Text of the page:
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Ghajinikanth Review: Forgive and forget

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Director Santosh P. Jayakumar‘s first two films  Hara Hara Mahadevaki and Iruttu Araiyil Murattu Kuthu won attention for the adult content the film carried. It is for this reason that his latest film Ghajinikanth was promoted as a family entertainer. A remake of the Telugu film Bale Bale Magadivoy, this film is a comedy entertainer starring Arya and Sayyeshaa in leading roles. The film does try to stay true to its genre, however, it falters due to its inconsistent writing and the lack of genuine jokes.
The story of the film revolves around Rajinikanth (Arya), who is named after the superstar when he was born in a theatre screening which screened Dharmathin Thalaivan. Not just the name, he also shares a trait similar to Rajinikanth’s’ in the film Dharmathin Thalaivan – he has a forgetful nature. This nature lands Rajinikanth in a series of embarrassing situations, so much so that his parent’s find it a tough task to find a suitable match for marriage. He later falls in love with Vandhana (Sayyeshaa), who is unaware of his nature. Will she ever find out? That forms the crux of the story.
Ghajinikanth is a long and over-stretched comedy film without good laughs. It also lacks a genuine sense of curiosity with its inconsistent writing. This brings us to speak about the love angle between Ghajinikanth and Vandhana in the film. The director employs the usual troops for the introduction scenes of the heroine. Heroine walking in slo-mo, being friendly to children, smiling randomly, giggling without a reason – and the hero admiring all this and falling in love. This is not just a cliche, but also an ingredient for boredom. Vandhana’s character is written keeping in mind one very important factor: The girl should be smart to look like she’s just out of a saloon, and dumb enough to give a competition to all the silly and badly written female roles in Tamil cinema. And the character does just that! She believes in everything the hero says. And never questions him. I was waiting for Sayyeshaa to break out of her role in the film, and scream out loud saying ‘If you guys write better roles for me, I don’t have to go through this’. Because she lip-syncs well, seems dedicated and shows interest in dance.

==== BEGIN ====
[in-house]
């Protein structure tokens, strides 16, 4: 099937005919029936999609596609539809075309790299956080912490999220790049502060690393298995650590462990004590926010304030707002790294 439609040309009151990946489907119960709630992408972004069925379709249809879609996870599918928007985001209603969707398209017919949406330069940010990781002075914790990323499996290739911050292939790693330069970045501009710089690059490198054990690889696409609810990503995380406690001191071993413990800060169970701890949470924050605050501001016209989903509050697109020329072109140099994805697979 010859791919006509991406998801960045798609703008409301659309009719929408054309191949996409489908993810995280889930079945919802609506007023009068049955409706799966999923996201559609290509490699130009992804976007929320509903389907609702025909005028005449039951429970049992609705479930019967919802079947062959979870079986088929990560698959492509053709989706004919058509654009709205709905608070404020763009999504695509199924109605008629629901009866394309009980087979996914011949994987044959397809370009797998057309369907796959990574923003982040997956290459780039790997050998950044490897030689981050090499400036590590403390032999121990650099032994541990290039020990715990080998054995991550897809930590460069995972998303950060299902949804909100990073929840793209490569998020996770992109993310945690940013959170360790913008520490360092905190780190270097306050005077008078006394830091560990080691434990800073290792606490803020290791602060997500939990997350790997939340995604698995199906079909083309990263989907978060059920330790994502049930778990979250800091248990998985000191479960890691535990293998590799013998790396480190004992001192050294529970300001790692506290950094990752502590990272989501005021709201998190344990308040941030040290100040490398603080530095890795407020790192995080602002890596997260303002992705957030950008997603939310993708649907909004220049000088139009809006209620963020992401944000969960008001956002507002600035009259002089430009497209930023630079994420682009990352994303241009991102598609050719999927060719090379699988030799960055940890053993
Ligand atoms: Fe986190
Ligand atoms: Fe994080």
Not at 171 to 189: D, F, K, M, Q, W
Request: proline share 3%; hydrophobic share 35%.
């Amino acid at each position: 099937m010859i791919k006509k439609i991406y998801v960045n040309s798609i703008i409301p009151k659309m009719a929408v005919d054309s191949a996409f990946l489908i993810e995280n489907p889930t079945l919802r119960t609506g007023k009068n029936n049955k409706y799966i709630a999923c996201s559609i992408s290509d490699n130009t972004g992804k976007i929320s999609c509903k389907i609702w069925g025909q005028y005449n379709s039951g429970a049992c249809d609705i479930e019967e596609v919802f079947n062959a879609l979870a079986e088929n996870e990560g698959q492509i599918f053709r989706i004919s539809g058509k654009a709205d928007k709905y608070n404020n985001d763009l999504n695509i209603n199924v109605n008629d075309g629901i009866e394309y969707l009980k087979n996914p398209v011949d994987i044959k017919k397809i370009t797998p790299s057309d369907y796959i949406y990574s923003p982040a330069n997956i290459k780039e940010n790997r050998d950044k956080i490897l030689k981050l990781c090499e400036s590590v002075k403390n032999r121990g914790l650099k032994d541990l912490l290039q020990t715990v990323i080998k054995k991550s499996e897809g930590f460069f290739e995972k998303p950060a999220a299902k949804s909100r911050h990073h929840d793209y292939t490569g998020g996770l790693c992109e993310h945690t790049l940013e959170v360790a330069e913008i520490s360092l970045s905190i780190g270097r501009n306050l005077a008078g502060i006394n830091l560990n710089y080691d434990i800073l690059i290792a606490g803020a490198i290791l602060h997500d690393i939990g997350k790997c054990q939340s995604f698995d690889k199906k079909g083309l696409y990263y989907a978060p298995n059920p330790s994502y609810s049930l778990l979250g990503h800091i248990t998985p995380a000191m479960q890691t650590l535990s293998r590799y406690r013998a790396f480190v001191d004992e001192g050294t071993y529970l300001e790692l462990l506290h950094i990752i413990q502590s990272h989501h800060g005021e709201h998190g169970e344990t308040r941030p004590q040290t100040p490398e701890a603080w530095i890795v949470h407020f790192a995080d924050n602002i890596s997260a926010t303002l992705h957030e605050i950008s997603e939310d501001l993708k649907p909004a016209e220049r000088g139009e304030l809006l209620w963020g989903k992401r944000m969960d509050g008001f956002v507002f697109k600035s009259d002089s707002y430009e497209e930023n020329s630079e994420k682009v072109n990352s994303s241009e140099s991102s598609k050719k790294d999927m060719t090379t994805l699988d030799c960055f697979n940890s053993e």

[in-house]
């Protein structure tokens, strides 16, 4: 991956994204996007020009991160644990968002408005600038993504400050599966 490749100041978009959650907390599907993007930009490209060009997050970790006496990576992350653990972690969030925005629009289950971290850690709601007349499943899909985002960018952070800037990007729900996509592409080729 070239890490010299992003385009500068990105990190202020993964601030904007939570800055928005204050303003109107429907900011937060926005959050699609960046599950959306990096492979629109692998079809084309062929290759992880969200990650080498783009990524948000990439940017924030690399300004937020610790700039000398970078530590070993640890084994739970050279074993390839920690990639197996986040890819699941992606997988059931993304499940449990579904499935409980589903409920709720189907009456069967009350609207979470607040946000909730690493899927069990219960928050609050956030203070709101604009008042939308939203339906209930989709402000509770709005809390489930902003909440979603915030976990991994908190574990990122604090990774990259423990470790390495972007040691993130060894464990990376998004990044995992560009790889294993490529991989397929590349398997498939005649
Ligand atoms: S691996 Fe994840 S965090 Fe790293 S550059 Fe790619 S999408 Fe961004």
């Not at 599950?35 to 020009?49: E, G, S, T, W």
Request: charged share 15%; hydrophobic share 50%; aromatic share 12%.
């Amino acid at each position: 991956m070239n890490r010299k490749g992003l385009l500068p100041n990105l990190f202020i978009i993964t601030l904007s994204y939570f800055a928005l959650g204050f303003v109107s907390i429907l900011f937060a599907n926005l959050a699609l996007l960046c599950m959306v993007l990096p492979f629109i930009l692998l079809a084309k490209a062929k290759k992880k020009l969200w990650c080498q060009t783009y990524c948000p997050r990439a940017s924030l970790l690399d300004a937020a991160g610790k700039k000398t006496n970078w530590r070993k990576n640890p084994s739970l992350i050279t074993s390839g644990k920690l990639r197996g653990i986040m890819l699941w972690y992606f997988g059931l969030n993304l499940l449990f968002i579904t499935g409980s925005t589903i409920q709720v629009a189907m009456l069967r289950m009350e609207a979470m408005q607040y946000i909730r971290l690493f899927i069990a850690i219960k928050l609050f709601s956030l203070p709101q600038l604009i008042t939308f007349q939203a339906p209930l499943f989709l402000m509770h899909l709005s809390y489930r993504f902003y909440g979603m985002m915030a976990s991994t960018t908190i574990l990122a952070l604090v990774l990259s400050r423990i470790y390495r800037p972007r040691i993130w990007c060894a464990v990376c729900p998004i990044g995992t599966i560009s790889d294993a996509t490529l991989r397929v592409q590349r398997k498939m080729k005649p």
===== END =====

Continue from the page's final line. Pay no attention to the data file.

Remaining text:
The performances don’t shine through. However, the scenes featuring actor Naren are a laugh riot. He’s in such terrific form, that directors can take note and cast him in good comedies. There’s another scene which takes place at the baby naming ceremony which draws a lot of laughs. These scenes are genuinely funny, as the situation creates laughs. The second half of the film is what is engaging. With the story moving swiftly and giving some twits, the interest to watch the film is temporary. However, this can’t be said about the rest of the film. The characters try to create a comic situation, which doesn’t seem organic.
The film does get its story right, which is quite interesting. What seems interesting is the lack of a compelling factor that convinces you to sit through. Sadly, just like the protagonist who has memory loss, this film will urge to do practice the same technique after you’ve watched it.
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Raisa Nasreen

Raisa Nasreen loves everything about the world of entertainment. Being a film buff, She sheds most tears watching an emotional film and shudders at the thought of watching a horror film. Her hobbies include watching dubbed movies that evoke laughter. Apart from balancing her life on a fence, she is a content creator who loves to gorge on biryani.

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